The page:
Karl’s Zarzuela Mixta

Miriam has requested a Spanish style seafood stew for this Sunday’s dinner. What she meant was something like a cioppino with Spanish chorizo. A problem here is that she and her husband, Chris, are on the low-carb Adkin’s Diet.

Karl’s Zarzuela Mixta

Karl’s Zarzuela Mixta

In almost all of the Spanish stews the seafood is “stretched” with the addition of some kind of starch—bread, beans, noodles, peas, or potatoes, etc. I decided that what I wanted to do was to make something like a paella mixta, using chicken to stretch the seafood.  I would put the rice on the side, for the starch eaters.

The Spanish stew that is closest to this idea is the Catalonian zarzuela (“the operetta,” not to be confused with their other, musical zarzuela). Multiple types of seafood singing in harmony. I thought I could make this in the same way that some paella mix seafood and meats. I only found a few references to zarzuela mixta on Spanish language sites—and they only seemed to be talking about mixing different types of fish.Giving up the idea of trying to make this an authentically Catalonian zarsuela, I am going to do what feels right to me.

Note: Since the kids are off starches, I am packing as much vegetable matter to this dish as I can fit in—another non-traditional addition.

As far as cooking techniques go, I will be using some that that I have picked up recently that are definitely non-Spanish traditional. I do not own a Spanish Cataplana—a copper clamshell pot—and I won’t be using my paella pan—since I am tossing the rice out of this dish, it is not going to be a paella mixta. In the end, I decided to use my largest cast iron Dutch oven, my pot of choice for large stews.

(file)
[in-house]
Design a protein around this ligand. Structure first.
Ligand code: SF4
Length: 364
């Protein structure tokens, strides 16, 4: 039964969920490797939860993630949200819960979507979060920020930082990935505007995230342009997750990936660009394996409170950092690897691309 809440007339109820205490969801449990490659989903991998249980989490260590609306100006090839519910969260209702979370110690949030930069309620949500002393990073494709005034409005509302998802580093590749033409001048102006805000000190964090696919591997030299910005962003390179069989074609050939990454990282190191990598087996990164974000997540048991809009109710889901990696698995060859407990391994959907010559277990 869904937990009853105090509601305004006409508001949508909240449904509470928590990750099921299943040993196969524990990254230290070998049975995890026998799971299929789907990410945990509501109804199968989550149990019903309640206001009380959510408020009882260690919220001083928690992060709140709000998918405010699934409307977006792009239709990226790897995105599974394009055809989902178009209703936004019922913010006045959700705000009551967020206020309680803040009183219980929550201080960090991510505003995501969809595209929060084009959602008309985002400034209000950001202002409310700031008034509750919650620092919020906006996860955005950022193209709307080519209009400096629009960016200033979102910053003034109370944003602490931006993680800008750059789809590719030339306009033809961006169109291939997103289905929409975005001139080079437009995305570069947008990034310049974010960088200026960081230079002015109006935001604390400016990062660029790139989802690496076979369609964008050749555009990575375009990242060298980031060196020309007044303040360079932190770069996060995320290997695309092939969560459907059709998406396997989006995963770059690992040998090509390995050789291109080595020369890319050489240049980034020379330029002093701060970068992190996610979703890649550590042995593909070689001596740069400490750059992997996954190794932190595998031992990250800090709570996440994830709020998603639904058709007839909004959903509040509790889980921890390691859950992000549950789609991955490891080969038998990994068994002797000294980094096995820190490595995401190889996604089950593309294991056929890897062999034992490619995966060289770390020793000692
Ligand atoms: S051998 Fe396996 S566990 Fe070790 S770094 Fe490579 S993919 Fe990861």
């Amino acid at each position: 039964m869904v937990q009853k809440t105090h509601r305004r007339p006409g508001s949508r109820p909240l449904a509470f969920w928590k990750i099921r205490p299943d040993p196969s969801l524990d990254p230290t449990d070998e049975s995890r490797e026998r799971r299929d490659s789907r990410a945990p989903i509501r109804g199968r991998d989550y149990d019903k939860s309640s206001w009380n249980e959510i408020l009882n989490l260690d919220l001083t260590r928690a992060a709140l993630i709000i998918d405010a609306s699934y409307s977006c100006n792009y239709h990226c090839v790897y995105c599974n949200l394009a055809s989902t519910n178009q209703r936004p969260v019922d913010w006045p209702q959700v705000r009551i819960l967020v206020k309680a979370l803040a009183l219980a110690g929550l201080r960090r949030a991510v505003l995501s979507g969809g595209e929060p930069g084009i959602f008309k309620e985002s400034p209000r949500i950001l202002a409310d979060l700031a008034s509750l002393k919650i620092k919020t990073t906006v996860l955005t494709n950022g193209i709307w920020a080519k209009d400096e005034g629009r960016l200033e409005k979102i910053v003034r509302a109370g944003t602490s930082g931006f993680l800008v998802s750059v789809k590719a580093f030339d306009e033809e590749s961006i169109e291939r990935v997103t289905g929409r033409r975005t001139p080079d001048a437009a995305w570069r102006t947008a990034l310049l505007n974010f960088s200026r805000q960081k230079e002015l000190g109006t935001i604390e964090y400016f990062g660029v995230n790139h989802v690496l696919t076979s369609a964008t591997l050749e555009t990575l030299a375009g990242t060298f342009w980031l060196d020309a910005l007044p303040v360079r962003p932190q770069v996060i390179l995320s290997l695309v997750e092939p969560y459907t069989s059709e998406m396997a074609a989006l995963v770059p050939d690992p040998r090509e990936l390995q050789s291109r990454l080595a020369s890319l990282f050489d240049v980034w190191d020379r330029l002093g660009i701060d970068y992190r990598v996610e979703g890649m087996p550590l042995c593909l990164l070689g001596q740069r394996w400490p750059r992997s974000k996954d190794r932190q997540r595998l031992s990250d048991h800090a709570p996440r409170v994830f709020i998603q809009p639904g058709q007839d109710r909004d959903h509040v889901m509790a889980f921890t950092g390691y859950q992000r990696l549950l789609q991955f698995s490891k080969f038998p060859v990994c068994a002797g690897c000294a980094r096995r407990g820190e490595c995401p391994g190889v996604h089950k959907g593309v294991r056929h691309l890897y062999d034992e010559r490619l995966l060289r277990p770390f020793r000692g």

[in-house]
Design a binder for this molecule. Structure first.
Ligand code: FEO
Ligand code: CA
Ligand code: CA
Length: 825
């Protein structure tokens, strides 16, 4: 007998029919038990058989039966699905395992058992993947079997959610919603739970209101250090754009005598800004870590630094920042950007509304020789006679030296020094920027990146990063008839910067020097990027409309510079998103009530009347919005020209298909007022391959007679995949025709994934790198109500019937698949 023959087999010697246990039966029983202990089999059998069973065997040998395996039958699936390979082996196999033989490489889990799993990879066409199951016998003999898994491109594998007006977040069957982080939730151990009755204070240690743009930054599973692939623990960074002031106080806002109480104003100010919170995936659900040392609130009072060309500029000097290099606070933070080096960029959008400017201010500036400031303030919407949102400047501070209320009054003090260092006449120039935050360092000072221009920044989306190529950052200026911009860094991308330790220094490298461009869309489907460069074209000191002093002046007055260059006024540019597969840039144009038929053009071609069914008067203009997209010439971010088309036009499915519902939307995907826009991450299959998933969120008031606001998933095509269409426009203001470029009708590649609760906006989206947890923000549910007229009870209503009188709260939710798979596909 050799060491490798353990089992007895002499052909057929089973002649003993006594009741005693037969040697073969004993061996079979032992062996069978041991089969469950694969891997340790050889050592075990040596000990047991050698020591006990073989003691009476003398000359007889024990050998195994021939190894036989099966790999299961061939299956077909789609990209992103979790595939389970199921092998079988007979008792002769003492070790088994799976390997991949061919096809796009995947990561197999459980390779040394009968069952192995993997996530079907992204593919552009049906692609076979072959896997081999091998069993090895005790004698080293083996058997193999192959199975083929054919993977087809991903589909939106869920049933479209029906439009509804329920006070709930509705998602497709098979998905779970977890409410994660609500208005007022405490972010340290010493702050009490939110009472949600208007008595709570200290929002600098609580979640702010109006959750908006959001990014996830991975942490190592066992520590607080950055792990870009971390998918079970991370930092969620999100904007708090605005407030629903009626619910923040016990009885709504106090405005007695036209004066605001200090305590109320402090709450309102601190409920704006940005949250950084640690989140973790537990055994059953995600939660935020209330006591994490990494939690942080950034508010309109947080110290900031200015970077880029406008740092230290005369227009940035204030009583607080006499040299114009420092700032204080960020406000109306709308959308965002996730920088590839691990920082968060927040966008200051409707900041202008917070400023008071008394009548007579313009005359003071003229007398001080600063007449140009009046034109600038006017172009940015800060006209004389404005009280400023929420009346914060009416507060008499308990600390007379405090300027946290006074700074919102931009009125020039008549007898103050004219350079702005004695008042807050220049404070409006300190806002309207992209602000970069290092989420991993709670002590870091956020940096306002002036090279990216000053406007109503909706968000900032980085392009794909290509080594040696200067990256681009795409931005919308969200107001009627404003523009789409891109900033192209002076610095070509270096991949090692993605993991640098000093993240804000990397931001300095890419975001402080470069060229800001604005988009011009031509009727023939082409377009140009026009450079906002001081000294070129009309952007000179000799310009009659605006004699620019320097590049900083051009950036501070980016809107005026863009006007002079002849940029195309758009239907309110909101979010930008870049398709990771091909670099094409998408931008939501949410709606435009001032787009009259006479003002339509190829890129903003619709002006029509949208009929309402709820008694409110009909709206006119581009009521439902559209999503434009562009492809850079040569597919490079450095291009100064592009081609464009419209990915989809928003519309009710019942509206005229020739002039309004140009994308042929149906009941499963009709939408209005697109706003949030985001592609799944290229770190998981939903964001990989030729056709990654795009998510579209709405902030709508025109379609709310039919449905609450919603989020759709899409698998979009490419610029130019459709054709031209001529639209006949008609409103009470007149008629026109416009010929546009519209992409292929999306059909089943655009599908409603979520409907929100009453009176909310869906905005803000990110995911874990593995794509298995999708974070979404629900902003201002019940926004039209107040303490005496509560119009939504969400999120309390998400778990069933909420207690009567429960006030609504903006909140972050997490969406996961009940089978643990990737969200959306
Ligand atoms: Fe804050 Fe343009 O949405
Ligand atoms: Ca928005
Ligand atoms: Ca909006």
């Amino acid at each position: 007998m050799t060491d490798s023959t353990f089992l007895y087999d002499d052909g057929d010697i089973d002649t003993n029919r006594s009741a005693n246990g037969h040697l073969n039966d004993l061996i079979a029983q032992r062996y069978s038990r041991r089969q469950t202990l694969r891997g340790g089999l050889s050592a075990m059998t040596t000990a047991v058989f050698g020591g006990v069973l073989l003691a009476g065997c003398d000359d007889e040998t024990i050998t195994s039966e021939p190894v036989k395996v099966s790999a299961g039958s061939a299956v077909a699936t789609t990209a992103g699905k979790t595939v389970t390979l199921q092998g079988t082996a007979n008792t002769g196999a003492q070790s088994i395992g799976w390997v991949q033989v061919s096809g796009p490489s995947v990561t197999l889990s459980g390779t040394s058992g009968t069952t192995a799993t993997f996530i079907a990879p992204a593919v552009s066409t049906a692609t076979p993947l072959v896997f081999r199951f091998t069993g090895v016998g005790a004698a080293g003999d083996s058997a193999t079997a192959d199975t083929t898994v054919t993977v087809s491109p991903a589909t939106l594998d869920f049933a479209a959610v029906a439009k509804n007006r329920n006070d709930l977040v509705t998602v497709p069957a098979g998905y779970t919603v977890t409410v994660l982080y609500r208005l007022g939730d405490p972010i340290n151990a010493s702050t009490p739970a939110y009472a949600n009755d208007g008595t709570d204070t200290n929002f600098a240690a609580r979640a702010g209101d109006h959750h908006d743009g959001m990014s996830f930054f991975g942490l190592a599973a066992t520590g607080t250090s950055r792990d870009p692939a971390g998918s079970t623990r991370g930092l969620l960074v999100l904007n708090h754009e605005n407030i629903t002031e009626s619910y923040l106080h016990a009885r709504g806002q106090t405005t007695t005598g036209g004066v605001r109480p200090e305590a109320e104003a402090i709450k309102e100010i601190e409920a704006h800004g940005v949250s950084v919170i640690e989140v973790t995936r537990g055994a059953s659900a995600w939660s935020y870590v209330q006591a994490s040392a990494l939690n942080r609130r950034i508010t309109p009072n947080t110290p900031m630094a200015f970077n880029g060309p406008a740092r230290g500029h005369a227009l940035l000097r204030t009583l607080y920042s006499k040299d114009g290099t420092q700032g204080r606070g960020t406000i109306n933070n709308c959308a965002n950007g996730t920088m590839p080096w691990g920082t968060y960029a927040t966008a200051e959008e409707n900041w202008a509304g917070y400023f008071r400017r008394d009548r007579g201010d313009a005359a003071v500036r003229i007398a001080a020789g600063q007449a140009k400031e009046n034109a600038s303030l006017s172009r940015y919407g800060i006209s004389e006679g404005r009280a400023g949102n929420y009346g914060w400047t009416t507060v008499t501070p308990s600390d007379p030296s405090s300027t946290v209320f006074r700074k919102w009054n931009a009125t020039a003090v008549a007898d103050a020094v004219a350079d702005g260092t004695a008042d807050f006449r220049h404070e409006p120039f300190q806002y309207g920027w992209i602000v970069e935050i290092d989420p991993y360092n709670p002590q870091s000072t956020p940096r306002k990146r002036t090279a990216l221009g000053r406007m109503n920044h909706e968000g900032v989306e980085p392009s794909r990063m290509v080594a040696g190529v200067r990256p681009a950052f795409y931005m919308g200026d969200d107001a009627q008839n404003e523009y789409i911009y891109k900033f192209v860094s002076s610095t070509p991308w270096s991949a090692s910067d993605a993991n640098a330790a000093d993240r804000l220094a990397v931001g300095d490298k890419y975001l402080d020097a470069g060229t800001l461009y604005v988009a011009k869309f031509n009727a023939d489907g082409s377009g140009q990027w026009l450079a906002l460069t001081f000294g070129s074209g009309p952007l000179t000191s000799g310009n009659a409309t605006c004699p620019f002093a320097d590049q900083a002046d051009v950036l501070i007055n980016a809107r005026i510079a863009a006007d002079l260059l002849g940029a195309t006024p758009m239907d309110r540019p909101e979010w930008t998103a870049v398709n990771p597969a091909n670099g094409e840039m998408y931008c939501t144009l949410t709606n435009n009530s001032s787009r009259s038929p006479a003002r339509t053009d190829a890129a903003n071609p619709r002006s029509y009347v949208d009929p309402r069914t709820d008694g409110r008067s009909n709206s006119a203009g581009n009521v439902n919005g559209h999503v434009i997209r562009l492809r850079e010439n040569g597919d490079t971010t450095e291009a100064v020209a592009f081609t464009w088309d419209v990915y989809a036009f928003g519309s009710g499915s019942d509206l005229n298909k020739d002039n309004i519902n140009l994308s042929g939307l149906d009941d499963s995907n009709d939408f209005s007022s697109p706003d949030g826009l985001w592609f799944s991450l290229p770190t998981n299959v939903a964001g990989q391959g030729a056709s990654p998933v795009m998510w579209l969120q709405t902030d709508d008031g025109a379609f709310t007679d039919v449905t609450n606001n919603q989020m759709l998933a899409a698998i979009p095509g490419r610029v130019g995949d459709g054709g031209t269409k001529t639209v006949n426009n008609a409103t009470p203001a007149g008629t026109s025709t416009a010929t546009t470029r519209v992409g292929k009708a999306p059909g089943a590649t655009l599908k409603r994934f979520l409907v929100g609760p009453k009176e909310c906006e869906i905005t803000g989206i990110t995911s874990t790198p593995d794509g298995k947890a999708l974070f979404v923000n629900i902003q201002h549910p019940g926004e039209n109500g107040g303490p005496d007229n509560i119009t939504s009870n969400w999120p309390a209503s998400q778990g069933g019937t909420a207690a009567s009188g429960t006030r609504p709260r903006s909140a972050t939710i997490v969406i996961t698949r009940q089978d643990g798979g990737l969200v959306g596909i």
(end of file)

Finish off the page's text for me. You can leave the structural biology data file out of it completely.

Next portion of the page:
One technique I will not be changing is the sofrito.  This sauce base, of onions, garlic, and tomatoes slow sautéed in olive oil, is the starting point of most Spanish stews—as well as Portuguese, and with variations: Brazilian and other Spanish influenced countries.  Without the sofrito it would not be a zarzuela.

After Dinner Note: I made a rice dish, for the starch eaters, and Jan made a sugarless flan for this dinner, however both of these dishes need more work before being posted.

Karl’s Zarzuela Mixta


21 medium shrimp, peeled (reserve the shells for broth)
1 small bottle clam juice
Pinch saffron threads

3 red bell peppers, separate uses
3 tomatoes

2 Tbs. olive oil
1 Spanish chorizo (about 8 oz.), sliced into thin rounds
8-10 chicken wings (preferably the flat two bone segment)
2 stalks celery, coarsely chopped

2 yellow onions, diced
¼ tsp. Kosher salt
1 small red hot pepper, diced fine
6 garlic cloves, peeled, crushed
1 tsp. pimenton (Spanish paprika)
1 tsp. Mediterranean oregano

24. oz. seafood stock

¾ lb. swordfish, cut into bite sized pieces
¾ lb. cod, cut into bite sized pieces
¾ lb. rock fish, cut into bite sized pieces

12 clams
12 mussels

¾ lb. calamari, cut in rings (optional), patted dry
1 zucchini, halved lengthwise and sliced thinly

1 Tbs. fresh cilantro or flat-leafed parsley, for garnish

1 lemon, cut in wedges


1. Peel the shrimp and add shells to a medium pot with ½ cup of water or Spanish white wine and ½ cup dry sherry.

2. Add clam juice and bring the pot to a boil. Reduce heat, cover and simmer for 10 minutes, until the shrimp shells turn pink. Strain out the solids and reserve.

Tip: Reserve the raw shrimp in a covered bowl in the refrigerator.

Note: Discard the shells and reserve the liquid in the refrigerator. You may keep the broth in the pot as you will be using both the pot and broth again later.

3. Toast and grind the saffron to a powder and add it to the warm shrimp/clam broth.